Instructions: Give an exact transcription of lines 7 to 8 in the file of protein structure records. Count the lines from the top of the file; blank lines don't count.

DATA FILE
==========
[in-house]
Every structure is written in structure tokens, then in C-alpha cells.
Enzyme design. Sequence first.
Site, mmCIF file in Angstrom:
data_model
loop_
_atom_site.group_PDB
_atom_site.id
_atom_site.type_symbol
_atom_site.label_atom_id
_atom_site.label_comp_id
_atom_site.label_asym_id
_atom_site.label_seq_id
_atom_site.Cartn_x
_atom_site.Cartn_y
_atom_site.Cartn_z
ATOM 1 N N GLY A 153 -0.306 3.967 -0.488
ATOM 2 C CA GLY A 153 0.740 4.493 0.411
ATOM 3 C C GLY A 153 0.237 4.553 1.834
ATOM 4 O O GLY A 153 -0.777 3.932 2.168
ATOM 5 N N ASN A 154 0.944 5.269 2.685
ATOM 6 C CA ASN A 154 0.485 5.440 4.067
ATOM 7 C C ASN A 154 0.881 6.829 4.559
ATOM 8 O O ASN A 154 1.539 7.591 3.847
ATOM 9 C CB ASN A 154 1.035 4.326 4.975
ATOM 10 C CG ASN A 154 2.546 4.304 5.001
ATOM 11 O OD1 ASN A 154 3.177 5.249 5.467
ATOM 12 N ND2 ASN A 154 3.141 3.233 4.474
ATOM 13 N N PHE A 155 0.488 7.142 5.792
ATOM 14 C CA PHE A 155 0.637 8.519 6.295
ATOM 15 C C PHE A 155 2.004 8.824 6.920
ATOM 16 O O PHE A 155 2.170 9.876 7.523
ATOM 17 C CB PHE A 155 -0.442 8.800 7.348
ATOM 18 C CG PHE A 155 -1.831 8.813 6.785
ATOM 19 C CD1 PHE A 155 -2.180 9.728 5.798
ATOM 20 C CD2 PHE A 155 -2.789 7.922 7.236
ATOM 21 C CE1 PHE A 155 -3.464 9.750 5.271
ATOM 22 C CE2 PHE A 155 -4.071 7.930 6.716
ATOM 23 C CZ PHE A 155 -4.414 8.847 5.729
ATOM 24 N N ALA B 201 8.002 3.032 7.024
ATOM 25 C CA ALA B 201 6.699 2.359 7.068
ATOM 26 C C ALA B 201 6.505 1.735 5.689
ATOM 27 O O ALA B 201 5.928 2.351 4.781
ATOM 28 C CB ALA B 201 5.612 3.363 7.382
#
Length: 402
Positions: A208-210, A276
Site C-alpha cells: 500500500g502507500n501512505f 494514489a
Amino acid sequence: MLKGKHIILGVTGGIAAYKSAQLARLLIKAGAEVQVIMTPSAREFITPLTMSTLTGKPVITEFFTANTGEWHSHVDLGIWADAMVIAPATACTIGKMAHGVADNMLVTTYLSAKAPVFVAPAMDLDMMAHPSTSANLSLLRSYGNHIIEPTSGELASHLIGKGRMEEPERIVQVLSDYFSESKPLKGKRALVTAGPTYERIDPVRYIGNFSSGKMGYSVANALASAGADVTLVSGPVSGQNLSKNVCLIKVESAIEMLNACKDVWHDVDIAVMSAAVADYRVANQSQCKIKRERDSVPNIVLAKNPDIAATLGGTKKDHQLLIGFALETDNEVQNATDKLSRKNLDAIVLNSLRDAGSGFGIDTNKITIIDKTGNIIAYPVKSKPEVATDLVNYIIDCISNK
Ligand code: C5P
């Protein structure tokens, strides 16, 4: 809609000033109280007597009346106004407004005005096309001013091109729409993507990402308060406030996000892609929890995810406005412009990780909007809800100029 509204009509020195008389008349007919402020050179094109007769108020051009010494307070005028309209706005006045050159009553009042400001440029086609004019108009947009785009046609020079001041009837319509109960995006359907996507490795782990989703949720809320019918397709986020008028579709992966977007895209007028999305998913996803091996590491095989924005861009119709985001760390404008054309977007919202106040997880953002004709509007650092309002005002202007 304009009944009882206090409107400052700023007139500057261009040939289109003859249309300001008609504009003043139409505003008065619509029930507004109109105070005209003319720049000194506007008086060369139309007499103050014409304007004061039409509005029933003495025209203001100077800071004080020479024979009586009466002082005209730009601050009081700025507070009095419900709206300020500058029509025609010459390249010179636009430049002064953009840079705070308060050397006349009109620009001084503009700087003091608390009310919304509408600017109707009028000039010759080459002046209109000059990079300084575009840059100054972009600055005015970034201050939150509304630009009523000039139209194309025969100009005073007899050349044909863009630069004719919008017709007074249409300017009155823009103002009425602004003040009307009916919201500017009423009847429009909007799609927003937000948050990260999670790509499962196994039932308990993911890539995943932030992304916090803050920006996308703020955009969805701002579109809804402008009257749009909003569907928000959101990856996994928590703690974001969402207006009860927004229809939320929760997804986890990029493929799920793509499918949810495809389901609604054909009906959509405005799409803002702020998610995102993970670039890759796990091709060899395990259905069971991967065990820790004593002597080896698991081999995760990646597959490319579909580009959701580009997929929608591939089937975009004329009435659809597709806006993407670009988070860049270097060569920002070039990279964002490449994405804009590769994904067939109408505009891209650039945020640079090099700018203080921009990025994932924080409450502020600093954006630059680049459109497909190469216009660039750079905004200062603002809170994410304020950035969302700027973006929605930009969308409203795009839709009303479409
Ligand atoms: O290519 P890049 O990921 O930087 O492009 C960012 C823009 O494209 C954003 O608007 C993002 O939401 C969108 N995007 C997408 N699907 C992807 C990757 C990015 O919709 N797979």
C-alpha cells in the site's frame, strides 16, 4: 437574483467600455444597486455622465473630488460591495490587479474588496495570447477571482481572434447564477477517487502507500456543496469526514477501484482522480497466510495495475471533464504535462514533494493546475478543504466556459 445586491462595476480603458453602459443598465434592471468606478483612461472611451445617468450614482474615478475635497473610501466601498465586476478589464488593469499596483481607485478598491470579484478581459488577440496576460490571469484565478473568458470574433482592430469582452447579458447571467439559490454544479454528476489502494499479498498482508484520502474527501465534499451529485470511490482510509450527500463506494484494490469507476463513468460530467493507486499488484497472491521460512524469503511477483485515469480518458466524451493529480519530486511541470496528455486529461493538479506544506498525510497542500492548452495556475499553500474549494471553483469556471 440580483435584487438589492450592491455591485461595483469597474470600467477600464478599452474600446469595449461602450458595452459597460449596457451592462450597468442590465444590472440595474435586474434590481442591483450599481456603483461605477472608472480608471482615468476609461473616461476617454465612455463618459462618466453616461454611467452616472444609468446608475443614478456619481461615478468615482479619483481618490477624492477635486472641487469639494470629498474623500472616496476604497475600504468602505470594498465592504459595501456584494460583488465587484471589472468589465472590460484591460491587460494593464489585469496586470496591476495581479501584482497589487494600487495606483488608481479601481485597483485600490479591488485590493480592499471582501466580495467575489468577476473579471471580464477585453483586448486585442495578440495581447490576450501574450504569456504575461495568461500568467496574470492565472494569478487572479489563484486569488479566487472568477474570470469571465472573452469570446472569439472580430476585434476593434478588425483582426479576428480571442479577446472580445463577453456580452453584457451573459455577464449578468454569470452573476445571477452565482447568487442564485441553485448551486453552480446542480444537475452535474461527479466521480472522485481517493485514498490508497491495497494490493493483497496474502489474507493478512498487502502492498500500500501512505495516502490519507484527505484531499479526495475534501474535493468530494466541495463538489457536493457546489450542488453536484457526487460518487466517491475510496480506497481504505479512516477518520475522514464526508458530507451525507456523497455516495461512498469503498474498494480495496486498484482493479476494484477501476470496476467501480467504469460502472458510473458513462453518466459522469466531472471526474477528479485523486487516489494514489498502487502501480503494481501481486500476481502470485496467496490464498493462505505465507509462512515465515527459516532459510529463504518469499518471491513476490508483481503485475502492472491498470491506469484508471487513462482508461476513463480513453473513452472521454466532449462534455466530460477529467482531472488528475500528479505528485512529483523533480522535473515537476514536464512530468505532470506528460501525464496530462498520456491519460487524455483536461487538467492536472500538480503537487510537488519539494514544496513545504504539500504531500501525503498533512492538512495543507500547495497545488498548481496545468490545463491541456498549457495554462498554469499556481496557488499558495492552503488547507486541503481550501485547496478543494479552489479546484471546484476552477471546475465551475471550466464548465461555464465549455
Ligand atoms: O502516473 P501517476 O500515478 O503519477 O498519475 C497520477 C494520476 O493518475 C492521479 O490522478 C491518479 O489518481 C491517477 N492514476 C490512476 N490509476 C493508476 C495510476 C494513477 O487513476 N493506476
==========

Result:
_atom_site.group_PDB
_atom_site.id